It's one of the largest gatherings of humans on earth.
But this year's annual hajj pilgrimage to Mecca in late July will see the extraordinary deluge of 2.5 million people from around the world reduced to a trickle of perhaps 1,000 Saudi residents, due to COVID-19 restrictions. The exact numbers allowed are still unclear.
Read more: Coronavirus shakes Saudi state's foundations
That spells disappointment for pilgrims from all corners of the planet and disaster for the local economy that relies on them.
Mohammad Tariq from the Cavan Mosque in Ireland said his friends who had intended to travel to Mecca had had their lifelong dreams interrupted. "They were not sad, they were more than sad. Like if someone was preparing to see their Lord's house and they cannot go," Tariq said.
With many Muslims saving their whole lives to perform one of the central obligations of Islam, the frustration transcends the feeling of simply having a summer holiday cancelled, according to Sean McLoughlin, a professor of the anthropology of Islam who studies the hajj industry at the University of Leeds in the UK.
"There's actually quite a great impact — psychologically and spiritually," McLoughlin said. "In terms of an industry, it's something that's highly commercialized and deeply political in lots of ways, but on a scale of the everyday pilgrim this really, really matters to people."
A 'dead city'
As the sprawling, tent-covered valley of Mina and ritzy hotels towering over Mecca's Great Mosque lay lifeless, locals dependent on the $12 billion (€10.6 billion) pilgrimage sector are also feeling the loss.
"Of course, we are disappointed," said Hashim Tayeb, who has been forced to close his perfume shop in the luxury complex in front of the mosque for the time being. Many restaurants, barbershops and other businesses have "definitely been affected, especially travel agents," Tayeb said.
Tayeb said the effective cancellation was the safe thing to do, however. A new outbreak during hajj, where millions live cheek by jowl for five days straight, could spell disaster for a country that has already seen more than 190,000 cases of the virus.
For an industry which also includes the smaller, year-round umrah rite and accounts for 20% of the country's non-oil GDP, the effects of barring international travelers as early as March have compounded wider losses.
One driver from the city of Medina who hosts umrah pilgrims told DW he and his colleagues had been unemployed for four months. "We used to work every day, it was our livelihood," the man, who did not wish to be named, said.
The International Monetary Fund projects a 6.8% contraction this year for the Saudi economy as a result of an historic drop in oil prices and other losses incurred due to the new coronavirus.
Austerity measures such as the tripling of a value added tax on July 1 and cuts to government allowances will also be keenly felt by Saudis, where consumer spending had already fallen by just over 34% in April compared to the same time last year.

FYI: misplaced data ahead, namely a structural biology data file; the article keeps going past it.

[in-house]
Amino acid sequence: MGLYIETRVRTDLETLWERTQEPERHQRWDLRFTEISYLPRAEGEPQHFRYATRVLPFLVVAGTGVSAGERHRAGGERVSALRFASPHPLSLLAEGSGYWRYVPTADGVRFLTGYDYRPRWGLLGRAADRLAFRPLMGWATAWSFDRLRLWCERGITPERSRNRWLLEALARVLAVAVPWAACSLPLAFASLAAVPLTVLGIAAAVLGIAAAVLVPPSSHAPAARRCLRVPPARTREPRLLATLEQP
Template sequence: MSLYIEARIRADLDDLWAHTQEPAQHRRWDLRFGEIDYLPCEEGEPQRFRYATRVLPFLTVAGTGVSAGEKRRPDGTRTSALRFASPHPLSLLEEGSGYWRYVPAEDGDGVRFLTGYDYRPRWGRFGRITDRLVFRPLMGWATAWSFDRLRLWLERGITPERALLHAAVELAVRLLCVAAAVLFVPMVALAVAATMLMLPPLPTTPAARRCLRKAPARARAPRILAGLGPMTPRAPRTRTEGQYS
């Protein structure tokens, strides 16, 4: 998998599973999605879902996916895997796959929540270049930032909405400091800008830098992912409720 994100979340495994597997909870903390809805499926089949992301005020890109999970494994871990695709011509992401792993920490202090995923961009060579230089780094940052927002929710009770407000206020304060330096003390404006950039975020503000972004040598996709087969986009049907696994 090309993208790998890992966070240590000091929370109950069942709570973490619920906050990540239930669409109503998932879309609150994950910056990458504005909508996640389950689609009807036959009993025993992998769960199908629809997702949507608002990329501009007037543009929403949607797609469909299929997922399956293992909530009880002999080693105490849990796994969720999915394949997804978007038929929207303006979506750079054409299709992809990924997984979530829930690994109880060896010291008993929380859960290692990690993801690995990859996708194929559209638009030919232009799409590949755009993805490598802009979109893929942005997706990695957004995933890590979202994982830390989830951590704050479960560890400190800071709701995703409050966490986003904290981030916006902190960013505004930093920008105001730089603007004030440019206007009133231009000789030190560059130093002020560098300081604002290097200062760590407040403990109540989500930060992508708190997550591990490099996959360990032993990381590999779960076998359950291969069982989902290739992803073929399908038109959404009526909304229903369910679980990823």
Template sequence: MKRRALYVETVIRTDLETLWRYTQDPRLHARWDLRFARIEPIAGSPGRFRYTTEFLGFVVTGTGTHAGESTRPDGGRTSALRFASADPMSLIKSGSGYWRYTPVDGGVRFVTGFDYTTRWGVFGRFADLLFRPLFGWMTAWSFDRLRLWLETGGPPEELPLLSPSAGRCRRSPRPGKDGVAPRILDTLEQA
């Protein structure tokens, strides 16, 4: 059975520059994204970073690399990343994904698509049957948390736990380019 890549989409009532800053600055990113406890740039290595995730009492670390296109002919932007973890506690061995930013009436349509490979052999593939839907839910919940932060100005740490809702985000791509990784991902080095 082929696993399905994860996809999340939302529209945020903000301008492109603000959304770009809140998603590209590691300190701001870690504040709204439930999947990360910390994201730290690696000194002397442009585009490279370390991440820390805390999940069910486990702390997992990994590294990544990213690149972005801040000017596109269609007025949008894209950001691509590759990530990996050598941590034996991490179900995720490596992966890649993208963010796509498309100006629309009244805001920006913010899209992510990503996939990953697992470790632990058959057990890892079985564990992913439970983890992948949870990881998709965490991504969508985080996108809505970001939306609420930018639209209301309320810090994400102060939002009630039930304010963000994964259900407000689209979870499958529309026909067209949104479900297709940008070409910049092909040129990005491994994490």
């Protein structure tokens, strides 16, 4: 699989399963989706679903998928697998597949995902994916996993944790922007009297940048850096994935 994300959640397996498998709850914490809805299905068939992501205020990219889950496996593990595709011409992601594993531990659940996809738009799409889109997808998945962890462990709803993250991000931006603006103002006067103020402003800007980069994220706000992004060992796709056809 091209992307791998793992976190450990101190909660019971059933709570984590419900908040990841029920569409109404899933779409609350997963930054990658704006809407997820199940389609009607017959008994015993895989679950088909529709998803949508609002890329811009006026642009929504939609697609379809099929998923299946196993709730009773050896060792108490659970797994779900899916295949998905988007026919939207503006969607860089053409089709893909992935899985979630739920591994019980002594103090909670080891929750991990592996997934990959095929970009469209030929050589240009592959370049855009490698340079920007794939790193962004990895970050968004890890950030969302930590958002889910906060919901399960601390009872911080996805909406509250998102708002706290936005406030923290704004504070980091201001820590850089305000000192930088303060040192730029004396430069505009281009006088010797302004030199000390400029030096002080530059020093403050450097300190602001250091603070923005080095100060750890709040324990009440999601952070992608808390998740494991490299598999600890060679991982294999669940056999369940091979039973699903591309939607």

'Vision 2030' blindsided
Closing down the hajj and umrah also strikes a blow to Crown Prince Mohammed bin Salman's [MBS] "Vision 2030" plans to diversify the economy away from oil, according to anthropologist McLoughlin.
Those plans involved raising the annual number of those arriving for the hajj to 6 million and umrah pilgrims to 30 million by the end of the decade, McLoughlin's 2019 study on the sector reported.
"That economy might come back, but it's unlikely to do so on the scale that was envisaged by 2030," he told DW.
That might mean trouble for bin Salman's authority among younger Saudis, some analysts suggest, as the Saudi welfare state is rolled back as part of Vision 2030 and jobs in industries such as tourism are in doubt.
"The great test for MBS will be whether he can win over the youth," with jobs in the private sector, wrote Andreas Krieg, an assistant professor at King's College London, in the outlet Middle East Eye.
Desire driven demand
With an effective treatment for the new coronavirus still a way off, even by optimistic accounts, it is unclear when officials will reopen the country to pilgrims despite the economic pressure to do so.
McLoughlin said pilgrims, tour operators and hotels in Mecca are behaving as though the industry will reopen at some point later this year. "What's really going to be a question is the sorts of levels at which that happens," he said.
Other disasters have beset the hajj before, including a stampede which killed around 2,000 people in 2015 and the authority to manage the pilgrimage has often been contested.
"The Saudi's reputation is already questioned by many critics," McLoughlin said. "But for the ordinary pilgrim this does not trump their love, their desire, their emotion, their attachment, their longing to be in the holy places, to visit God's house and to walk in the footsteps of the Prophet Mohammed. And this is very, very significant in terms of the long-term prospects of religious tourism."